Stillwater Regional Airport has undergone quite a few changes in the past few years and with the addition of commercial air service, that trend seems likely to continue. Even before the airport added 2-3 commercial flights a day, it had a high volume of take-offs and landings, known in aviation terms as operations.

Based on its operation numbers, Stillwater is the fourth busiest airport in the state, Airport Director Paul Priegel said.

The U.S. Department of Transportation has announced that Stillwater’s airport will be receiving $5.2 million this year from the Federal Aviation Administration to reconstruct the paved apron surfaces in its operations area.

It’s part of $840 million in airport infrastructure grants awarded as the first allotment of the agency’s $3.18 billion nationwide Airport Improvement Program. The grants will fund infrastructure projects at 381 airports in 47 states, including Richard Lloyd Jones Jr. Airport in Tulsa and Stillwater Regional Airport.

“This significant investment in airport improvements at these Oklahoma airports will fund construction and rehabilitation projects that will help maintain high levels of safety in U.S. aviation,” U.S. Department of Transportation Secretary Elaine L. Chao said in a statement released Wednesday.

The funding Stillwater receives will replace asphalt surfaces on the airport’s apron, the area where aircraft are parked, loaded, fueled and boarded, with full-strength concrete. The asphalt surface, which Priegel says is almost original, just doesn’t have the strength to hold up to the weight of heavier planes, especially in the warmer months.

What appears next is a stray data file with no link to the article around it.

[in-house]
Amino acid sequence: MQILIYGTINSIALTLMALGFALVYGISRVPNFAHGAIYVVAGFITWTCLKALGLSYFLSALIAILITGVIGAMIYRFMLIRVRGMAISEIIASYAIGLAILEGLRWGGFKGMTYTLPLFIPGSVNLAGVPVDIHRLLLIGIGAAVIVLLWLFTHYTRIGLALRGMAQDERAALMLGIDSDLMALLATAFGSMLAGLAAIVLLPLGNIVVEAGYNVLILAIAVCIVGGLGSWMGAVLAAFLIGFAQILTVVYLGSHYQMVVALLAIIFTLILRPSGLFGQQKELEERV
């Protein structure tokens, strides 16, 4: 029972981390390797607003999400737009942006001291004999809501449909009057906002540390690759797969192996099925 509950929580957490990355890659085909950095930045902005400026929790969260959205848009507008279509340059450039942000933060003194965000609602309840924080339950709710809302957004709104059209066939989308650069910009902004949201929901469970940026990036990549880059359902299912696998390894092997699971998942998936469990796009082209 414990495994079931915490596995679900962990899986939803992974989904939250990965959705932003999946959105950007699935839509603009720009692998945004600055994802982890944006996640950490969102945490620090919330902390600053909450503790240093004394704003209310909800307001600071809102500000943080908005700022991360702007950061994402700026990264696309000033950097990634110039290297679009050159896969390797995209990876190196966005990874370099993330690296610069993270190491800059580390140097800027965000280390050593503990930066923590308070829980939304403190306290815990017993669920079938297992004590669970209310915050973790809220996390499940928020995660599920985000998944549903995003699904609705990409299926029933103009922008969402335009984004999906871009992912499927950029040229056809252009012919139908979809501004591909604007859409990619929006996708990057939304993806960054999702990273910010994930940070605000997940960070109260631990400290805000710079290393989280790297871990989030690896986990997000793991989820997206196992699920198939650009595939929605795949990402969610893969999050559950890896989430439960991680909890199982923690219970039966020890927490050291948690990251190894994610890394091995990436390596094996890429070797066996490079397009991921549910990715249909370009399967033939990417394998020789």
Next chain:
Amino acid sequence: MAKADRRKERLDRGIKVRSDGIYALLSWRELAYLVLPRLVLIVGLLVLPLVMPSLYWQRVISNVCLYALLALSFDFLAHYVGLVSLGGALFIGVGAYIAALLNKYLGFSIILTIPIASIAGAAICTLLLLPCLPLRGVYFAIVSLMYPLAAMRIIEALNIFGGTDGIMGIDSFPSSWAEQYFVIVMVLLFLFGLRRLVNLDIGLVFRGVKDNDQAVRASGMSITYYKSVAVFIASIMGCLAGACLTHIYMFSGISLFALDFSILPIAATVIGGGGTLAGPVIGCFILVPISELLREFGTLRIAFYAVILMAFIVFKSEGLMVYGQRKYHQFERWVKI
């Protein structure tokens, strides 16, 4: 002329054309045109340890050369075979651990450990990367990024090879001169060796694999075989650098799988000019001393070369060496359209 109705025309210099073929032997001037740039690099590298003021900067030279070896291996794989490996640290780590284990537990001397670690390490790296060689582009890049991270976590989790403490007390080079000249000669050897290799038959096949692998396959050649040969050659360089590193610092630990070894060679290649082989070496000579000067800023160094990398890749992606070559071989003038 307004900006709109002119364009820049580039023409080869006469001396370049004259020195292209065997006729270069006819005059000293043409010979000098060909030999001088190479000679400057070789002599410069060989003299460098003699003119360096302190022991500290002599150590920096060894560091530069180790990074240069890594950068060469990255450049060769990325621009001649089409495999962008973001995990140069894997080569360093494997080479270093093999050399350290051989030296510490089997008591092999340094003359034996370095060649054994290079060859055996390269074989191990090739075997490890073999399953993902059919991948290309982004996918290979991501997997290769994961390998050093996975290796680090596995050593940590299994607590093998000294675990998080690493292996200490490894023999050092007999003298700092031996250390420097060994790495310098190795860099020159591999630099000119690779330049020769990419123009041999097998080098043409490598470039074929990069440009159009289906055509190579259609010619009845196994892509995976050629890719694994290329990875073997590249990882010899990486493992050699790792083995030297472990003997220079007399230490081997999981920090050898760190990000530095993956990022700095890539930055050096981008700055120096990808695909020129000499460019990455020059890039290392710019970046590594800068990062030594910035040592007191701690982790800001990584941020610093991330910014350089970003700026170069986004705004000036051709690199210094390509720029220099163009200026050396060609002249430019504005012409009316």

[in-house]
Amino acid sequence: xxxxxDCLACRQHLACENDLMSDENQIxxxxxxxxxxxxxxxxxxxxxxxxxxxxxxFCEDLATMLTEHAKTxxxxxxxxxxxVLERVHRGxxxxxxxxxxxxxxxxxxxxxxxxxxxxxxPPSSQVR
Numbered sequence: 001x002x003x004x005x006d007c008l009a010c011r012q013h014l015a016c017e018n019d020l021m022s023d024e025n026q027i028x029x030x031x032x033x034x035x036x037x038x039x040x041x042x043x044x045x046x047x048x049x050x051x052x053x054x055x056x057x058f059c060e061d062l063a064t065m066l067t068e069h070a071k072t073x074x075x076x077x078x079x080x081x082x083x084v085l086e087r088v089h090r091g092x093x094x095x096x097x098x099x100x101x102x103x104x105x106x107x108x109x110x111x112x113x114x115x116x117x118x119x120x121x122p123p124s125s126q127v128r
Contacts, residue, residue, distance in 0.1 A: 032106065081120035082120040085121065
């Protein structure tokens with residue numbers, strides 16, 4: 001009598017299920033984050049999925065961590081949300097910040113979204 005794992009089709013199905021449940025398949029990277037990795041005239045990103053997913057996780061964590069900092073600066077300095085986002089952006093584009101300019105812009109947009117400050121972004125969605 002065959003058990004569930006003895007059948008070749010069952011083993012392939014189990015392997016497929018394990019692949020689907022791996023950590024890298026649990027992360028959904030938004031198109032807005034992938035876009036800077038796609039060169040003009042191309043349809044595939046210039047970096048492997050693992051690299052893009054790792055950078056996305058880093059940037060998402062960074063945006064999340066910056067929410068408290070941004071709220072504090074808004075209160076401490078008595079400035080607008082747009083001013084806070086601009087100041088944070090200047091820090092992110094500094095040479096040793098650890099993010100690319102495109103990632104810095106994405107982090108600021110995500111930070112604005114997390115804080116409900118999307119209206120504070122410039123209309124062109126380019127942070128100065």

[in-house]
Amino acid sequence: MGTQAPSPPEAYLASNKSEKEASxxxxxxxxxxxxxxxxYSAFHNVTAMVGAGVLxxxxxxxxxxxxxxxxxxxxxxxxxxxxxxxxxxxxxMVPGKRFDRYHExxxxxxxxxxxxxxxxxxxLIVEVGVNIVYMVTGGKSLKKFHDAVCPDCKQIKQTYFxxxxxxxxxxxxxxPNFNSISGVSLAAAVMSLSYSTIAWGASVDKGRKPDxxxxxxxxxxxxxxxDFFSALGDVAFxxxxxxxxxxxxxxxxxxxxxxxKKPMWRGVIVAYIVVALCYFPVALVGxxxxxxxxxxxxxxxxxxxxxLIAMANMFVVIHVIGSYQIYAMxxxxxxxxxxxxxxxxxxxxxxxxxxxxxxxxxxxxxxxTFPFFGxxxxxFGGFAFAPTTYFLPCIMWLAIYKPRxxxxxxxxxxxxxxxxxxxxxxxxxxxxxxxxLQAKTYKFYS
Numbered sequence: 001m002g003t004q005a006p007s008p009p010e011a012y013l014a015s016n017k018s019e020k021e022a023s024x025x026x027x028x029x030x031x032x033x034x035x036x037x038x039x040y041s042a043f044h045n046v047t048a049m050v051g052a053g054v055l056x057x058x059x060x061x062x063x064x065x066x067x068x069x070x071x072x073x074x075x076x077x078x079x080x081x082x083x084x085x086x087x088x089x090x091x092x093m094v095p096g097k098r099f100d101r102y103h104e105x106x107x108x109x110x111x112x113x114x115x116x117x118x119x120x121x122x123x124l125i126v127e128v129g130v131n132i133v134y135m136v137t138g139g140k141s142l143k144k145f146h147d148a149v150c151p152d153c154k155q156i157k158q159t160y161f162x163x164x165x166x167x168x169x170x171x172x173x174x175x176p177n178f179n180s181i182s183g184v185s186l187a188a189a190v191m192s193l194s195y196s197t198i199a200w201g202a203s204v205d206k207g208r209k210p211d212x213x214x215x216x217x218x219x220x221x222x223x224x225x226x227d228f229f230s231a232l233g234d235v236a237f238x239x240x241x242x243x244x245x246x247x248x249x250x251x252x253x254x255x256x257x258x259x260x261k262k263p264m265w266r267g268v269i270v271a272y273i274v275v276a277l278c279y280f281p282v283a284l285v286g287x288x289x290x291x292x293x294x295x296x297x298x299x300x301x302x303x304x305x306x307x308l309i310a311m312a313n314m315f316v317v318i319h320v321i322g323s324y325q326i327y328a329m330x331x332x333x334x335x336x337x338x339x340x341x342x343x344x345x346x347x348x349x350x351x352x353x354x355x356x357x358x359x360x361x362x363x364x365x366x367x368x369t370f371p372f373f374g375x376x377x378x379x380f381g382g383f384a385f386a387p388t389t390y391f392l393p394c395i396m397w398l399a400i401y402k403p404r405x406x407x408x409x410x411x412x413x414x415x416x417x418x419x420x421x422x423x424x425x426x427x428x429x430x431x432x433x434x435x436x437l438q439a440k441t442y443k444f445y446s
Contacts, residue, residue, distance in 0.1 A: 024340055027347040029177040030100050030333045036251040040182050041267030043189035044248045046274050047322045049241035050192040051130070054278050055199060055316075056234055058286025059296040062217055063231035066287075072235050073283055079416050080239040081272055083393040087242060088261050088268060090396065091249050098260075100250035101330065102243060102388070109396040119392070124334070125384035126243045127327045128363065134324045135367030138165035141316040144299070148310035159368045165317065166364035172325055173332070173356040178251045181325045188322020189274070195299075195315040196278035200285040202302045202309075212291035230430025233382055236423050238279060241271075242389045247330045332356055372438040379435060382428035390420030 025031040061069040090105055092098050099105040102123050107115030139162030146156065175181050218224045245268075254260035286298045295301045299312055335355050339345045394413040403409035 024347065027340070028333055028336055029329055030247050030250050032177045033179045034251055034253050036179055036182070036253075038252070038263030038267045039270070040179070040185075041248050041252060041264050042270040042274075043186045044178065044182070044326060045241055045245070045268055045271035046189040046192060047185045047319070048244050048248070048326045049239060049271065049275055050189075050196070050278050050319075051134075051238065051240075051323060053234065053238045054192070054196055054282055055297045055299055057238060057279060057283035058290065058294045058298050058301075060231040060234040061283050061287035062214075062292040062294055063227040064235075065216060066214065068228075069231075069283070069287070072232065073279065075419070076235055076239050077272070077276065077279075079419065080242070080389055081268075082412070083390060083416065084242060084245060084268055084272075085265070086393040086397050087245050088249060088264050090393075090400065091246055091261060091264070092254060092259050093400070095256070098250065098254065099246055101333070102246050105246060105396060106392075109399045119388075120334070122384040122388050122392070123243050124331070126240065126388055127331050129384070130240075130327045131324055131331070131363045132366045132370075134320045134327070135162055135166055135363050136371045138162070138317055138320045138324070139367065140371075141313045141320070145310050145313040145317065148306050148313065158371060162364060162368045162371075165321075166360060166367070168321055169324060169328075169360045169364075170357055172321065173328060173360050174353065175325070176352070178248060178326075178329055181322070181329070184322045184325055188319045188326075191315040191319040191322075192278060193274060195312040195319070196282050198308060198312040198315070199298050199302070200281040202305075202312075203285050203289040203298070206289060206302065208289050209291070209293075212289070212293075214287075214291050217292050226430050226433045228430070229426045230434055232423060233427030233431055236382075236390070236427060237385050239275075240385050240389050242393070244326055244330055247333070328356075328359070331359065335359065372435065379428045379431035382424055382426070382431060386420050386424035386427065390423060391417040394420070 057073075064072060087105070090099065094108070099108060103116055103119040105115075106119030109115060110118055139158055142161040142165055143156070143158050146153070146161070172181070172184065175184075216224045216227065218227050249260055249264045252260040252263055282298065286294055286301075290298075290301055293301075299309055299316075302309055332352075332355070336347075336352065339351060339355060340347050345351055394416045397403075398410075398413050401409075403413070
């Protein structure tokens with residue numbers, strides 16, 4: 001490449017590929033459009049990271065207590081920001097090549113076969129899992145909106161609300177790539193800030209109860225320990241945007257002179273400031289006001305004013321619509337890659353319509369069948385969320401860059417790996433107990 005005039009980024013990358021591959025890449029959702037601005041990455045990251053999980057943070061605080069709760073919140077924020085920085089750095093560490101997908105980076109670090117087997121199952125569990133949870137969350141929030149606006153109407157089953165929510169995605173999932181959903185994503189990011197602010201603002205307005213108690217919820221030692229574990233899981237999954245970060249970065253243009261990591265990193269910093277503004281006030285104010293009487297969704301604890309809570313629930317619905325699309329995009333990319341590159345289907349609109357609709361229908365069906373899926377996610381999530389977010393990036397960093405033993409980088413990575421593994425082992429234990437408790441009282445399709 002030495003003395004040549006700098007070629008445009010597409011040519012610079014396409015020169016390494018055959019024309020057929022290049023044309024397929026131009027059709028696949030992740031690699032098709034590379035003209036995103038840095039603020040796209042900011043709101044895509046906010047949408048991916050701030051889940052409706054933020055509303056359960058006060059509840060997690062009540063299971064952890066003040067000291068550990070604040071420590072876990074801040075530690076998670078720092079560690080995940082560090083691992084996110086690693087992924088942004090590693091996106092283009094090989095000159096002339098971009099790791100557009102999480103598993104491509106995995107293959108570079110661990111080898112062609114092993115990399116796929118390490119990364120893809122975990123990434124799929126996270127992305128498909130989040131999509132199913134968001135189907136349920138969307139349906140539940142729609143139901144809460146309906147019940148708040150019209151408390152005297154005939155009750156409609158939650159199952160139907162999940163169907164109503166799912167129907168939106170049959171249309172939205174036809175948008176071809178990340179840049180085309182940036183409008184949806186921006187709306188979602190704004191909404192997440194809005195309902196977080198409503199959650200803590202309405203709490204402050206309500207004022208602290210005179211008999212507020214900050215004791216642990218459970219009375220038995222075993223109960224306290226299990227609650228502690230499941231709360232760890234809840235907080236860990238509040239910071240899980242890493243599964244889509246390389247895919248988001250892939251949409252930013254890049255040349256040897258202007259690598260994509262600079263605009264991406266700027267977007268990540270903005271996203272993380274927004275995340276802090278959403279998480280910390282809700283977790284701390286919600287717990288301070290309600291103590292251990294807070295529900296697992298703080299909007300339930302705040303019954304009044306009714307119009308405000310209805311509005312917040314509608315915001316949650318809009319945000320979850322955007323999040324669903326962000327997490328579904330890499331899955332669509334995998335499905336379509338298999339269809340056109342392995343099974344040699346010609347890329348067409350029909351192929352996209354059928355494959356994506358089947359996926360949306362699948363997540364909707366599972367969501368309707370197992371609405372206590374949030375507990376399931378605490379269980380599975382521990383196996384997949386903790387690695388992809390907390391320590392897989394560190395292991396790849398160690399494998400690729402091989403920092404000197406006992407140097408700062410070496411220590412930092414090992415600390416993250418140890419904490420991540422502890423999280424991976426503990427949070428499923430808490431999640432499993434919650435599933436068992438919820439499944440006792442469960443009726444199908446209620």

The airport has already cut out patches of the asphalt and replaced them with concrete pads where commercial jets are loaded and unloaded, Priegel said. The asphalt was sinking and creating ruts where the landing gear sits.

Priegel said larger aircraft, like the 737 charter planes that fly Oklahoma State University teams to their away games, can only be parked on certain parts of the apron that are stronger because they sit over the old taxiway.

The apron resurfacing is part of a four-phase project that will begin on the north end of the airport and move south as it continues. The first two phases will replace the current apron surface and the last two phases will increase its footprint and expand the terminal space.

Priegel said airport officials hope to break ground on a new commercial terminal in 2024. The terminal project is estimated at $12 million and an FAA grant is expected to cover 90% of that cost.

Stillwater Regional Airport has already made improvements to several of its taxiways in recent years under a separate grant. That three-phase project is ongoing and about to enter the final phase.

Priegel said the Stillwater Regional Airport Authority has also gone to bid for a consultant to create a new master plan for the facility. The current plan was last updated in 2008, before the addition of commercial air service and a new flight center and before Western Road approaching the airport was widened.

An airport master plan looks out about 20 years, he said. It prevents staff from making decisions then realizing they have to go back and tear out something that was recently done. It ensures that money is used efficiently.

“I take pride in that,” Priegel said. “Every decision that I make, I want to be able to justify to the citizens and the City Council.”

Twitter: @mcharlesNP